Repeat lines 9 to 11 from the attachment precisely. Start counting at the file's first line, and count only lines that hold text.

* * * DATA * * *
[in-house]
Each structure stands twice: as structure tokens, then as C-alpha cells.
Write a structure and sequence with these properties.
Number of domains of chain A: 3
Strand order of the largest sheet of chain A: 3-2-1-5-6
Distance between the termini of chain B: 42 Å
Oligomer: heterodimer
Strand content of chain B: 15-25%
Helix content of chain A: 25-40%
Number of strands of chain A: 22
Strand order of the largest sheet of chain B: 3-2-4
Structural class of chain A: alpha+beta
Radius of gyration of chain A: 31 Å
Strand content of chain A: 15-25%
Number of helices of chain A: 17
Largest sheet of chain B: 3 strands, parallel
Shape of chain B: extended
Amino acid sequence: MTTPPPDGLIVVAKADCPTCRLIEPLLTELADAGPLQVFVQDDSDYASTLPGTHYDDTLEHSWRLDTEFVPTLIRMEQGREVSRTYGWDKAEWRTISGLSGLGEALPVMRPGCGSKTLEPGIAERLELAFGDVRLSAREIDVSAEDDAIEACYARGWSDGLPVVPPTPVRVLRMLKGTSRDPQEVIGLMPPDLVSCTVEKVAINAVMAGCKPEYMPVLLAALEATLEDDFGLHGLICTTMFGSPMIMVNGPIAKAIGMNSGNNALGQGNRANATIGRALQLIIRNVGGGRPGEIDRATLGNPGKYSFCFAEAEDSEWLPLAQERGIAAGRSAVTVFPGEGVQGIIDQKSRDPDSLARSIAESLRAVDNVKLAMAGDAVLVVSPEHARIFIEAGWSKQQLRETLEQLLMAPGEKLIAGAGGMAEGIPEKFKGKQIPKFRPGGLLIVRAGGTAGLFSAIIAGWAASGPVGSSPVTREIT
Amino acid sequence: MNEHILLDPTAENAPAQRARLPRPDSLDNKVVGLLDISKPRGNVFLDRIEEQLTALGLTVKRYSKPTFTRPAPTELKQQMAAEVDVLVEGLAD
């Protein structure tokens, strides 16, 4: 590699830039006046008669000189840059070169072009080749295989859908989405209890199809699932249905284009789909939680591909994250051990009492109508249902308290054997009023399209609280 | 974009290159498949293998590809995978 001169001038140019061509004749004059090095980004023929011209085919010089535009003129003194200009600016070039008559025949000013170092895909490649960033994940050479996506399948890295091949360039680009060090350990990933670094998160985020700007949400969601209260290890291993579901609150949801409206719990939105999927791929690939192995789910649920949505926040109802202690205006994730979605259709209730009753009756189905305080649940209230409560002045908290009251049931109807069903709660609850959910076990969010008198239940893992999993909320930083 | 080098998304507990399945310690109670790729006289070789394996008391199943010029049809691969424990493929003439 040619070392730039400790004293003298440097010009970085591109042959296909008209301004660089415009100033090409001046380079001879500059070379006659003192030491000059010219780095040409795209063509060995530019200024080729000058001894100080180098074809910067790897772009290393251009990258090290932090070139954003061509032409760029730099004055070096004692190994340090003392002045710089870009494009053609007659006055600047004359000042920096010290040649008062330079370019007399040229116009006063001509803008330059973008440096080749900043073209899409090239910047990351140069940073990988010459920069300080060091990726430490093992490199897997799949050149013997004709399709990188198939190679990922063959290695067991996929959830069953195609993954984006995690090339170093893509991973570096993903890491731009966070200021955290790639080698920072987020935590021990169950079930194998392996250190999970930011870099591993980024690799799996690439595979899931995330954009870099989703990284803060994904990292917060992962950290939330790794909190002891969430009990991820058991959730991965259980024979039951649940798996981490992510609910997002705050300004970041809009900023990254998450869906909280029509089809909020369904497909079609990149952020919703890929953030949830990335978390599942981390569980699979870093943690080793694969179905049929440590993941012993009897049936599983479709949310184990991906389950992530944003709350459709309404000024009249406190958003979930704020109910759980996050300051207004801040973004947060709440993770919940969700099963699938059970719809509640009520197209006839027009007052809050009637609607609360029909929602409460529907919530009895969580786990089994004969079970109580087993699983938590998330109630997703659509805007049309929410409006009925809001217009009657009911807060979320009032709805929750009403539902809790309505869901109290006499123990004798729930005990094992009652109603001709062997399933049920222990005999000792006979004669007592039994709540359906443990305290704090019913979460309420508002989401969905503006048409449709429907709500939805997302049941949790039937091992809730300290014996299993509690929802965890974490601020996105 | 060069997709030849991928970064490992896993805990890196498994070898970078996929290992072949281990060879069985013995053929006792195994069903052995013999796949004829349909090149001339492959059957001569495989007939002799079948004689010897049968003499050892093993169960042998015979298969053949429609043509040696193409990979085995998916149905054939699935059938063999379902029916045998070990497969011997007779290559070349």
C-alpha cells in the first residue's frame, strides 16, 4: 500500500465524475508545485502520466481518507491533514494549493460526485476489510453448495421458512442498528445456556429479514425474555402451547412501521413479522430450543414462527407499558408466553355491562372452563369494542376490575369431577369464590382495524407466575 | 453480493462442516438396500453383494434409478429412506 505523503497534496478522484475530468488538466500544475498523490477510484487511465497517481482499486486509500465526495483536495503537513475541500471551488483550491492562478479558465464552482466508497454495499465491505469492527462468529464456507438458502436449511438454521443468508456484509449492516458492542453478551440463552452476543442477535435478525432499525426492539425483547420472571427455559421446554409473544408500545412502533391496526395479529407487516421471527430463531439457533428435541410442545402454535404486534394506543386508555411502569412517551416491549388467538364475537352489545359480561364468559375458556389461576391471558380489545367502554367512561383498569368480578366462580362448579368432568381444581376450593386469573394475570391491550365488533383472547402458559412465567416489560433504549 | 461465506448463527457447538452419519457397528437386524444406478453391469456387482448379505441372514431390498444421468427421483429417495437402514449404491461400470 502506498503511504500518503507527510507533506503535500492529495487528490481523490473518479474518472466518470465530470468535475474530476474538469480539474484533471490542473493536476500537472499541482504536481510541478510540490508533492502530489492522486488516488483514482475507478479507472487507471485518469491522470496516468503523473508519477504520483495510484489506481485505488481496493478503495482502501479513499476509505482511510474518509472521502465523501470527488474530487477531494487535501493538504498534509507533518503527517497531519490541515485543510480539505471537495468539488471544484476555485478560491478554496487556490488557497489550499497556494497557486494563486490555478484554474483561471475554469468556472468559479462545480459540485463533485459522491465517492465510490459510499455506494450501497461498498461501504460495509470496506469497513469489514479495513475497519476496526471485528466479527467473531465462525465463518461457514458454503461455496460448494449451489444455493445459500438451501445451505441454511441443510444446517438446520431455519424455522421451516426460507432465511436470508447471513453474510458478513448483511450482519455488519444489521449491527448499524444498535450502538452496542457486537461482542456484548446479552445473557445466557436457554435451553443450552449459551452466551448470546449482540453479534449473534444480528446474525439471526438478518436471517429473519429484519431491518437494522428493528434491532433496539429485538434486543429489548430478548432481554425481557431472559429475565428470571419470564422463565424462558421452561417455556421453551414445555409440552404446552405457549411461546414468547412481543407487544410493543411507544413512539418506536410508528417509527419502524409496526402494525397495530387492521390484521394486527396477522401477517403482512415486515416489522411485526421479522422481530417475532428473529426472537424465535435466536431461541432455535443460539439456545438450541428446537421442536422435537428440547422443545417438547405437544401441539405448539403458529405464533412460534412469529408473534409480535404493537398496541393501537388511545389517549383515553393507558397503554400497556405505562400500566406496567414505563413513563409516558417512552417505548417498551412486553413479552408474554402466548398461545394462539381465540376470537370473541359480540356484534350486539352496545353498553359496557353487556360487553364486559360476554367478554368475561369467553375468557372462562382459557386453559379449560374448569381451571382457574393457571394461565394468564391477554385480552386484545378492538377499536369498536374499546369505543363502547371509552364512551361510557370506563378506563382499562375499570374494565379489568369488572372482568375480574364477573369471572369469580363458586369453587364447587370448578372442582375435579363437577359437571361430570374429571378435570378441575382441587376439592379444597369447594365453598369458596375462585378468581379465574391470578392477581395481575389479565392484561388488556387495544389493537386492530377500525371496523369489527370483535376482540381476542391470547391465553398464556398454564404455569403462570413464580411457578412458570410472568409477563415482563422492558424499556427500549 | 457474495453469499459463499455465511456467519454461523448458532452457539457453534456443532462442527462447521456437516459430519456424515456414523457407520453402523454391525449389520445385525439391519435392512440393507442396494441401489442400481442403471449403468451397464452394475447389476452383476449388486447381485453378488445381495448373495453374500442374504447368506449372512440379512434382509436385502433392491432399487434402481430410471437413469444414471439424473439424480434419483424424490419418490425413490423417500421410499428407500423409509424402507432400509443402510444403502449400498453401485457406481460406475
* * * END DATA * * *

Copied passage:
Helix content of chain A: 25-40%
Number of strands of chain A: 22
Strand order of the largest sheet of chain B: 3-2-4